A Jeep transfixed South Carolina as Dorian hit, and then cannonballs washed ashore
Published Monday, September 9, 2019 2:33PM EDT
TORONTO -- South Carolina is no stranger to some of the Atlantic's most devastating storms – but when it comes to Hurricane Dorian's strike on that state, what people remember most might be a Jeep and some cannonballs.
Tropical storm-force winds from Dorian hit South Carolina Sept. 5, causing floods and downing power lines. The storm also spawned a tornado that caused some minor damage.
As South Carolinians huddled in their homes, waiting for the storm to pass, many found themselves captivated by the story of a Jeep that somehow ended up caught in the waters that were pounding the shoreline of Myrtle Beach, S.C.
The Jeep's origins were initially a mystery, but that didn't stop one local TV station from putting up a livestream of the vehicle as it was slowly subsumed by the rising tide. One man showed up to serenade the Jeep with bagpipes, while one young girl spoofed the whole thing with her own viral video in which she portrayed a news reporter covering the similar fate of a Little Tikes toy car.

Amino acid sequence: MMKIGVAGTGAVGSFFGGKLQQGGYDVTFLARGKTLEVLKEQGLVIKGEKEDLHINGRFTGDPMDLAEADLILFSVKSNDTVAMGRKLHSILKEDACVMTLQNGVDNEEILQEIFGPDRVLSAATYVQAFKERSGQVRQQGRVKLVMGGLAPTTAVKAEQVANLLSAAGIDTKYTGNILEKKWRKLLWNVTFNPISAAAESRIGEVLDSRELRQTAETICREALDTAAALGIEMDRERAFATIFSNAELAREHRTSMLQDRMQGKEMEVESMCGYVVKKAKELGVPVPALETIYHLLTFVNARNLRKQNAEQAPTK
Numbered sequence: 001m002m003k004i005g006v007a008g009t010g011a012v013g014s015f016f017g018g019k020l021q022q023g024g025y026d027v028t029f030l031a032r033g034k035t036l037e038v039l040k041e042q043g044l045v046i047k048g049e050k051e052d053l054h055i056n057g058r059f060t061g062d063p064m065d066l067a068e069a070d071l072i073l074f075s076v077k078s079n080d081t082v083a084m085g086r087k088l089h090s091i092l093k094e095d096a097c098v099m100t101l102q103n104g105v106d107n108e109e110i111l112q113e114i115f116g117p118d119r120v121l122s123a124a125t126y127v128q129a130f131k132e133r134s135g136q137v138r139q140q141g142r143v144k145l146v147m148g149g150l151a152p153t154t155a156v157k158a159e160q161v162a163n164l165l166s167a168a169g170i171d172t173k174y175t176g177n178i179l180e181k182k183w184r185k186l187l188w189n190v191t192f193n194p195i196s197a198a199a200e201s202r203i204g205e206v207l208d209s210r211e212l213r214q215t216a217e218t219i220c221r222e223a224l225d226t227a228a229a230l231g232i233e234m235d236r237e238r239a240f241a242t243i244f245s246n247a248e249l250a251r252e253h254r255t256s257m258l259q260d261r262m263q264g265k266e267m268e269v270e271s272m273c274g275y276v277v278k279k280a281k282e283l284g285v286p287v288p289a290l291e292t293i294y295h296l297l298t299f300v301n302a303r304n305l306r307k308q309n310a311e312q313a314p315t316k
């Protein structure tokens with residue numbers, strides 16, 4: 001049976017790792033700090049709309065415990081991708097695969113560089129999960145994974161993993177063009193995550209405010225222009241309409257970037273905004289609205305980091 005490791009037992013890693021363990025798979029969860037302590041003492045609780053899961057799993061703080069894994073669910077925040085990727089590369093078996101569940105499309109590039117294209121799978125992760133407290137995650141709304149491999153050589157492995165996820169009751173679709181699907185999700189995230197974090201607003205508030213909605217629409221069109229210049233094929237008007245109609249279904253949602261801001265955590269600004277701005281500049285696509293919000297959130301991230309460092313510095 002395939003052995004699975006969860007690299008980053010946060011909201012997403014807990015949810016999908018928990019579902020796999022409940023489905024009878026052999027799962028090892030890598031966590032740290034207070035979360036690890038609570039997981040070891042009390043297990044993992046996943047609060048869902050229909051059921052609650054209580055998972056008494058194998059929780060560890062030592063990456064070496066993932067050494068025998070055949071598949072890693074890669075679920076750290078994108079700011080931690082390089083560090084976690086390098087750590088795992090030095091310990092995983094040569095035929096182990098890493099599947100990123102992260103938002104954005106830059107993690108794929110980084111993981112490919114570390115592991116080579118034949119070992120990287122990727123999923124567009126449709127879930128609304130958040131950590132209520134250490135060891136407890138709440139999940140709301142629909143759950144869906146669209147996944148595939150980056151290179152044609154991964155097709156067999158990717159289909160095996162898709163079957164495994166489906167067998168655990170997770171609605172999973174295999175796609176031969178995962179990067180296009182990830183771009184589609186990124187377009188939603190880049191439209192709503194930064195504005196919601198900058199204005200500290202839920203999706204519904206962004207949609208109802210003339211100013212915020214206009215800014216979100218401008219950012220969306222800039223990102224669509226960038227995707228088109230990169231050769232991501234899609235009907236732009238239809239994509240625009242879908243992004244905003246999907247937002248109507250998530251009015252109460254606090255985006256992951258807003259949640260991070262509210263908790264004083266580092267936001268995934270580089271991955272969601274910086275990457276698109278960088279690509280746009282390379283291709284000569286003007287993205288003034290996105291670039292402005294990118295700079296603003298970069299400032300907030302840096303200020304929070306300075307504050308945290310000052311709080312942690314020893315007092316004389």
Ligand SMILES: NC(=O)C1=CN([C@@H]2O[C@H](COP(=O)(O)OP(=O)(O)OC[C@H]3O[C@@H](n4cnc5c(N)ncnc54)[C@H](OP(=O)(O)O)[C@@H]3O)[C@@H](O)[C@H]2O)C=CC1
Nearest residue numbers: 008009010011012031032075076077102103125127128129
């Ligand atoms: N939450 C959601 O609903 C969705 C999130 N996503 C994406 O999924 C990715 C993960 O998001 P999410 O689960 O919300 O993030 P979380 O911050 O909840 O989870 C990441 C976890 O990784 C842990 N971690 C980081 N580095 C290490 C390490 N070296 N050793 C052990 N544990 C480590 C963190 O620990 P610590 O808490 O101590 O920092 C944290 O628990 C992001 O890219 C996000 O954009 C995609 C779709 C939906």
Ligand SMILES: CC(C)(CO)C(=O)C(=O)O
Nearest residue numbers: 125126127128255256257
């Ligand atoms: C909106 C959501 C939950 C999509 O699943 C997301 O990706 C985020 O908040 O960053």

The Jeep was towed off the beach one day after Dorian hit the area. Its owner told WMBF-TV that he knew nothing of his vehicle's fame until police showed up at his door to inform him that it had been abandoned. He said he had lent the vehicle to his cousin, who had wanted to get a video of the sunrise at the beach before the storm arrived.
Half a day later and 170 kilometres down the coast, another South Carolinian was making an even more startling discovery.
Aaron Lattin was trawling Folly Beach, S.C., with a metal detector and his girlfriend. They wanted to see if Dorian had deposited any long-lost treasure on the beach. They soon stumbled upon something interesting hidden by brush.
"At first, we just thought it was a rock," Lattin told WCSC-TV.
"The more we got to looking, we realized it was something more than a rock."
What Lattin and his girlfriend had found was a pair of cannonballs believed to date back to the Civil War.
An explosives disposal unit was called in to examine the cannonballs and ensure there was no danger before they were removed from the area.
It was not the first time cannonballs had been found at Folly Beach in the aftermath of a hurricane. Sixteen of them washed up in the same location after Hurricane Matthew hit the area in 2016.